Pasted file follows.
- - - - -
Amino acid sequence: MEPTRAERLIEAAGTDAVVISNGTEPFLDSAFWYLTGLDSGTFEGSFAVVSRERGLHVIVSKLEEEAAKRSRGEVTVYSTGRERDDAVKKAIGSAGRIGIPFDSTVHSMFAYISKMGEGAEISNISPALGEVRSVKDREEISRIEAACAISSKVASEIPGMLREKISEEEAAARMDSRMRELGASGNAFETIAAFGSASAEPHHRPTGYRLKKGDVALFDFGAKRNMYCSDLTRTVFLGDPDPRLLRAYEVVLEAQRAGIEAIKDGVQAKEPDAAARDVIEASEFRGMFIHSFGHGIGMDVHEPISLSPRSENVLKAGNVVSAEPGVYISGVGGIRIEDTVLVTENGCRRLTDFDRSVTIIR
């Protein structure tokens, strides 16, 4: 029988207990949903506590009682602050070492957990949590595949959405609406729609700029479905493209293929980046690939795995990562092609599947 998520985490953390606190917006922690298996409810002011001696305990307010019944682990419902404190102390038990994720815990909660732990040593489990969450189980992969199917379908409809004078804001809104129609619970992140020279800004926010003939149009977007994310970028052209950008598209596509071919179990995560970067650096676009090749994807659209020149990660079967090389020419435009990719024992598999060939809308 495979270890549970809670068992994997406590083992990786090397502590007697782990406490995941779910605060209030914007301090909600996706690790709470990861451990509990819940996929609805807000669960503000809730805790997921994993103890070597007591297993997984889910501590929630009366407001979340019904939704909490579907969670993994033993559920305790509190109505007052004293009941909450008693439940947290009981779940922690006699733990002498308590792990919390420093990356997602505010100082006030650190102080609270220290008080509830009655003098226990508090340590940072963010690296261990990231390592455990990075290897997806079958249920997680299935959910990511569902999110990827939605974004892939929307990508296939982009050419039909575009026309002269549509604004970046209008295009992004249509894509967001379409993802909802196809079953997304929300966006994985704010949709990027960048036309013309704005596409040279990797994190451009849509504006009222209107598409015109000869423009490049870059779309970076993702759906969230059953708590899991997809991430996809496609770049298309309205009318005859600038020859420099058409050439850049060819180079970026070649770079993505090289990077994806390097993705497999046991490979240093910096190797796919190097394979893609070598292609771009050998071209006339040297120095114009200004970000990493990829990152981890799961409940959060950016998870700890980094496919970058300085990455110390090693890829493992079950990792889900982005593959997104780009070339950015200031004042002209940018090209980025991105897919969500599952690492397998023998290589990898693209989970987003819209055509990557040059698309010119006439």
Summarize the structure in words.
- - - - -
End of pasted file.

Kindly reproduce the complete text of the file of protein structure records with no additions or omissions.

Amino acid sequence: MEPTRAERLIEAAGTDAVVISNGTEPFLDSAFWYLTGLDSGTFEGSFAVVSRERGLHVIVSKLEEEAAKRSRGEVTVYSTGRERDDAVKKAIGSAGRIGIPFDSTVHSMFAYISKMGEGAEISNISPALGEVRSVKDREEISRIEAACAISSKVASEIPGMLREKISEEEAAARMDSRMRELGASGNAFETIAAFGSASAEPHHRPTGYRLKKGDVALFDFGAKRNMYCSDLTRTVFLGDPDPRLLRAYEVVLEAQRAGIEAIKDGVQAKEPDAAARDVIEASEFRGMFIHSFGHGIGMDVHEPISLSPRSENVLKAGNVVSAEPGVYISGVGGIRIEDTVLVTENGCRRLTDFDRSVTIIR
């Protein structure tokens, strides 16, 4: 029988207990949903506590009682602050070492957990949590595949959405609406729609700029479905493209293929980046690939795995990562092609599947 998520985490953390606190917006922690298996409810002011001696305990307010019944682990419902404190102390038990994720815990909660732990040593489990969450189980992969199917379908409809004078804001809104129609619970992140020279800004926010003939149009977007994310970028052209950008598209596509071919179990995560970067650096676009090749994807659209020149990660079967090389020419435009990719024992598999060939809308 495979270890549970809670068992994997406590083992990786090397502590007697782990406490995941779910605060209030914007301090909600996706690790709470990861451990509990819940996929609805807000669960503000809730805790997921994993103890070597007591297993997984889910501590929630009366407001979340019904939704909490579907969670993994033993559920305790509190109505007052004293009941909450008693439940947290009981779940922690006699733990002498308590792990919390420093990356997602505010100082006030650190102080609270220290008080509830009655003098226990508090340590940072963010690296261990990231390592455990990075290897997806079958249920997680299935959910990511569902999110990827939605974004892939929307990508296939982009050419039909575009026309002269549509604004970046209008295009992004249509894509967001379409993802909802196809079953997304929300966006994985704010949709990027960048036309013309704005596409040279990797994190451009849509504006009222209107598409015109000869423009490049870059779309970076993702759906969230059953708590899991997809991430996809496609770049298309309205009318005859600038020859420099058409050439850049060819180079970026070649770079993505090289990077994806390097993705497999046991490979240093910096190797796919190097394979893609070598292609771009050998071209006339040297120095114009200004970000990493990829990152981890799961409940959060950016998870700890980094496919970058300085990455110390090693890829493992079950990792889900982005593959997104780009070339950015200031004042002209940018090209980025991105897919969500599952690492397998023998290589990898693209989970987003819209055509990557040059698309010119006439």
Summarize the structure in words.